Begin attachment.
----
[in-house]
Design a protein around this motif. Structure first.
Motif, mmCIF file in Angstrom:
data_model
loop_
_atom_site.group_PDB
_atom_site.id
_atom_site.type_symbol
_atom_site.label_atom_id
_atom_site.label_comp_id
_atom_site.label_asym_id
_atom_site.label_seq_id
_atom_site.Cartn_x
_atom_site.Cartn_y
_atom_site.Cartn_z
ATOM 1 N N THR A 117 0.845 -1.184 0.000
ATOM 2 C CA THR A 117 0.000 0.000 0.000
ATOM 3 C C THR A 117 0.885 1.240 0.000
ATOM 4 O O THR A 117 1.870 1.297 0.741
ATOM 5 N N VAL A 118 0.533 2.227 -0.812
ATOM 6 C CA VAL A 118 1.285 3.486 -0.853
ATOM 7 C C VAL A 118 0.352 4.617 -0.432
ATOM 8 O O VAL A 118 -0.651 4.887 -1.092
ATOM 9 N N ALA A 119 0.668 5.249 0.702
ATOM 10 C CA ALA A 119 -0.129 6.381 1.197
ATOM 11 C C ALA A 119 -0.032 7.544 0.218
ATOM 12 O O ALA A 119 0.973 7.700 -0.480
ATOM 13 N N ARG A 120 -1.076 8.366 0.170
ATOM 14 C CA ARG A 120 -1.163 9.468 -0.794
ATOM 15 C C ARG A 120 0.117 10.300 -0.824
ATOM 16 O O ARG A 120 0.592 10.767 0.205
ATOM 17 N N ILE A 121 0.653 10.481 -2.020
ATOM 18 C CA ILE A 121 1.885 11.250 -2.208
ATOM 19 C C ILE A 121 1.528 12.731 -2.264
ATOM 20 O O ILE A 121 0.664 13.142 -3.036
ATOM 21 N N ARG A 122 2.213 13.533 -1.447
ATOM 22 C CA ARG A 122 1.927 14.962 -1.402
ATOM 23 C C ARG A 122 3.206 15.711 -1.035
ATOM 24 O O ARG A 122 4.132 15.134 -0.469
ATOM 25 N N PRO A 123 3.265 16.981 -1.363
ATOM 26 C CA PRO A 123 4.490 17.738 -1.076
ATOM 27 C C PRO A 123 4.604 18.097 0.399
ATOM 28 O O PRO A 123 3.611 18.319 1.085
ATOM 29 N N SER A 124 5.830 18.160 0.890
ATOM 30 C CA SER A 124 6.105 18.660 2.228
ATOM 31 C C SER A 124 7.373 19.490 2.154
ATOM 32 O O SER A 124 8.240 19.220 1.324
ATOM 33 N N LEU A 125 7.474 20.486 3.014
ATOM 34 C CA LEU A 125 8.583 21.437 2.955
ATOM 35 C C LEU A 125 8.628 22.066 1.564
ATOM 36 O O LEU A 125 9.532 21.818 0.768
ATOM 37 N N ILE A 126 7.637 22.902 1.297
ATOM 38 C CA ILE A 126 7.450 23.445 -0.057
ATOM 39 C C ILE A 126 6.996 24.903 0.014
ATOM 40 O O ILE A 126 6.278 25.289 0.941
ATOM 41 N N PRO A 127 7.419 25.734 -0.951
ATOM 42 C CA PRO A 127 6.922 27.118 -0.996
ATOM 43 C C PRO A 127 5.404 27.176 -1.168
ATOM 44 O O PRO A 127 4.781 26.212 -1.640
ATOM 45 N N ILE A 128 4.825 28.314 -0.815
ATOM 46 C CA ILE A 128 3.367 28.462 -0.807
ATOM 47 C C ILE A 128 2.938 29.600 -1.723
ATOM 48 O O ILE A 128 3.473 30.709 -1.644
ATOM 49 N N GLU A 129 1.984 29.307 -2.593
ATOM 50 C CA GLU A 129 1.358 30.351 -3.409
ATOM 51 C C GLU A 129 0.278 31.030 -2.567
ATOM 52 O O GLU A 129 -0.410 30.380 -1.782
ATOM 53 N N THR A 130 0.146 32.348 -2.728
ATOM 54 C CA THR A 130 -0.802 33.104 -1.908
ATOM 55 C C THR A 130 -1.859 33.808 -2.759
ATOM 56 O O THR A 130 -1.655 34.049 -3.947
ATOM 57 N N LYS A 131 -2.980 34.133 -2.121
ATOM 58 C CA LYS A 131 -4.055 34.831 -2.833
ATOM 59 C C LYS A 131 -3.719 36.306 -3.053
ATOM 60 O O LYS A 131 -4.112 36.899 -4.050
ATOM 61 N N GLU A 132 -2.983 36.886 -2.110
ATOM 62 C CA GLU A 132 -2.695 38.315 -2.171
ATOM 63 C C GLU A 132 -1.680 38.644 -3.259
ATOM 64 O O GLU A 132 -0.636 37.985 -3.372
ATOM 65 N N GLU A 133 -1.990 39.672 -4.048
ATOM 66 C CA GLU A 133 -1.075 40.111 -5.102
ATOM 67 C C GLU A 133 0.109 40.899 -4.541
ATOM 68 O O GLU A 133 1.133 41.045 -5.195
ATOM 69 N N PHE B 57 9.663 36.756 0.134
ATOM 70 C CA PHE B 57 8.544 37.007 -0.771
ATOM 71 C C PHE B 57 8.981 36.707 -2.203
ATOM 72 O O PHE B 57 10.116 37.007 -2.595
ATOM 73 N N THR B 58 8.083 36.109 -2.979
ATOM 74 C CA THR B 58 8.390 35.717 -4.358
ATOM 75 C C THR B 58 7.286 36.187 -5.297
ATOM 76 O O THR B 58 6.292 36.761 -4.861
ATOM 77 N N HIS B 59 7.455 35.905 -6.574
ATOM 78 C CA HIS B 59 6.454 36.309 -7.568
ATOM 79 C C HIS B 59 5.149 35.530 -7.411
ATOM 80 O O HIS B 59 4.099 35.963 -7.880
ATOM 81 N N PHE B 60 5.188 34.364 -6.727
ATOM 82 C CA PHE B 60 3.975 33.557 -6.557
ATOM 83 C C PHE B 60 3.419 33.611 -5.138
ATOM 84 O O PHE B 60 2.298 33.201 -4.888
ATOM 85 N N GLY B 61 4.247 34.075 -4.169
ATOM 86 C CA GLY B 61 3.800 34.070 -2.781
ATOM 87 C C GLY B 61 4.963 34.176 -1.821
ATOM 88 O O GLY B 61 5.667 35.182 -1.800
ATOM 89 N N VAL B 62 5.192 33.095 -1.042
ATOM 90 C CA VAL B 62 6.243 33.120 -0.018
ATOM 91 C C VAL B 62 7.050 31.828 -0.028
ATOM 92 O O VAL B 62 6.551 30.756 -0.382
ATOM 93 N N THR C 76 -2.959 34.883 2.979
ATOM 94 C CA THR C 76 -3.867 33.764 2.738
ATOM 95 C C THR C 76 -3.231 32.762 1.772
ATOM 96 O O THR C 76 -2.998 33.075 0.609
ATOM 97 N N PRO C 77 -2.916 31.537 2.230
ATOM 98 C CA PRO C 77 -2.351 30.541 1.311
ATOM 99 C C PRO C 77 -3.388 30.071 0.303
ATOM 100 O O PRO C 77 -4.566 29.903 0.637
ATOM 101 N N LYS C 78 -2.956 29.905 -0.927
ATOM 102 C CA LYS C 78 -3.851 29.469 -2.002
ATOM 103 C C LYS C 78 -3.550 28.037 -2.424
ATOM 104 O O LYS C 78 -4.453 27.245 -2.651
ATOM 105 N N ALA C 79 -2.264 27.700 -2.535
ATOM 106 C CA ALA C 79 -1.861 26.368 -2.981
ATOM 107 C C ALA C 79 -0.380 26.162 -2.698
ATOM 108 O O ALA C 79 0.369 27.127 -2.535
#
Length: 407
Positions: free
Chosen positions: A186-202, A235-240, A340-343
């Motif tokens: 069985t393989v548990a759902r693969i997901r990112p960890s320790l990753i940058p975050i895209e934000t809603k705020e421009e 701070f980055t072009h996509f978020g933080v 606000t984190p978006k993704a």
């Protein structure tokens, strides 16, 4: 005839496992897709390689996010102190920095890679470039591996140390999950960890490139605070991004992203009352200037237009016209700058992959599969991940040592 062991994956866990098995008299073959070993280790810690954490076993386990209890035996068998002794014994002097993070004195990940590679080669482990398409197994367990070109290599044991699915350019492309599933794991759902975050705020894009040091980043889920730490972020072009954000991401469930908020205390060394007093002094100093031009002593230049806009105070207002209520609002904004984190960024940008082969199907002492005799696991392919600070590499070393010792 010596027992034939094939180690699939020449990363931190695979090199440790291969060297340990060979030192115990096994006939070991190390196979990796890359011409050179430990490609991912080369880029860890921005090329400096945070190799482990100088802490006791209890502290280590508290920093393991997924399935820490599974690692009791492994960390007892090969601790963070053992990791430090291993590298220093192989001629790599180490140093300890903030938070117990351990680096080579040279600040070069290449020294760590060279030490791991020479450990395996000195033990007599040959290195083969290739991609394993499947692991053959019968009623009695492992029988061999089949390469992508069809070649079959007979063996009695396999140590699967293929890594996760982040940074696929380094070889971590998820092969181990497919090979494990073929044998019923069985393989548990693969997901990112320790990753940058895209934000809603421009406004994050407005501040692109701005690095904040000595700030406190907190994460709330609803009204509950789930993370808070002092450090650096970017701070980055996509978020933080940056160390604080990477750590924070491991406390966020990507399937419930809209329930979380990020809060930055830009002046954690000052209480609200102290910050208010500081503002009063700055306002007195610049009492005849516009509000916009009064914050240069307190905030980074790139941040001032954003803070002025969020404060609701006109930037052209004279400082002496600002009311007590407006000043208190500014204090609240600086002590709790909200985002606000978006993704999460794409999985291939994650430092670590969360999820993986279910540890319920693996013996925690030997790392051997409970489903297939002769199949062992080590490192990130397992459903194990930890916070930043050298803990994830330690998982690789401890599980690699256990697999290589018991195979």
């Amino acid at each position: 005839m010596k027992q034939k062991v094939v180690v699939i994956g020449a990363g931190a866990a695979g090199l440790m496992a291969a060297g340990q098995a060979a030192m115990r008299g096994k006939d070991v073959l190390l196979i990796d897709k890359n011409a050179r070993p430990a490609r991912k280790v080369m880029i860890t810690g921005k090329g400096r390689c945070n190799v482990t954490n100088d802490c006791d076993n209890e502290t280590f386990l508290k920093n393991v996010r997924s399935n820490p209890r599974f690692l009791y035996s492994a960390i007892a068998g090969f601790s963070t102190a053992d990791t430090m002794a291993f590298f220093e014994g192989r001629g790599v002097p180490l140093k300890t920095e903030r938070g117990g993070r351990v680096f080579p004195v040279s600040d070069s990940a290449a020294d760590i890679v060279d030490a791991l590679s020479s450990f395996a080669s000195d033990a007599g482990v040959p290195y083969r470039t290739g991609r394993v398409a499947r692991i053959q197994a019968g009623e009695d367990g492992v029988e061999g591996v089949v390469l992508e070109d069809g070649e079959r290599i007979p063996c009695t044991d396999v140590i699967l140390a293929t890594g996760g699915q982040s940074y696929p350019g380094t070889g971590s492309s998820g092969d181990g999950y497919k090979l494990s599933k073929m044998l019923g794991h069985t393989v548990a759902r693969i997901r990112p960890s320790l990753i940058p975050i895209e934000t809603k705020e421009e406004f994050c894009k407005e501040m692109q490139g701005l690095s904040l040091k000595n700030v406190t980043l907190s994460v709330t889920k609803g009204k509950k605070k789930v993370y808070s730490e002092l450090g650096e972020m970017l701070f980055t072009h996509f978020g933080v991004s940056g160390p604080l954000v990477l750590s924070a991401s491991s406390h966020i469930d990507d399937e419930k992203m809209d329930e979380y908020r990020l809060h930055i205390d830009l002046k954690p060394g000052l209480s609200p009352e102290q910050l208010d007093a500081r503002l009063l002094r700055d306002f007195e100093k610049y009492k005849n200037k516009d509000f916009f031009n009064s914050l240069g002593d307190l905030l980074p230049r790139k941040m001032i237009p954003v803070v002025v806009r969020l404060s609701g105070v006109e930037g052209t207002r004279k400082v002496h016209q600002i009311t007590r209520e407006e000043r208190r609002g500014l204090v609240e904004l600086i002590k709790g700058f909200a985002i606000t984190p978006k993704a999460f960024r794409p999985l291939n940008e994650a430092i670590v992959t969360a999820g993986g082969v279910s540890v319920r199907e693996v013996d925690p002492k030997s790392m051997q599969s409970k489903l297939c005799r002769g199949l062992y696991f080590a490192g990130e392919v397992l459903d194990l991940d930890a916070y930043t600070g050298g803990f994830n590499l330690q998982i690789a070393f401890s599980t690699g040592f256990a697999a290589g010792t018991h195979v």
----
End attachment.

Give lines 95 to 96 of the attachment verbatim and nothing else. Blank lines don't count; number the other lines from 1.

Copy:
ATOM 80 O O HIS B 59 4.099 35.963 -7.880
ATOM 81 N N PHE B 60 5.188 34.364 -6.727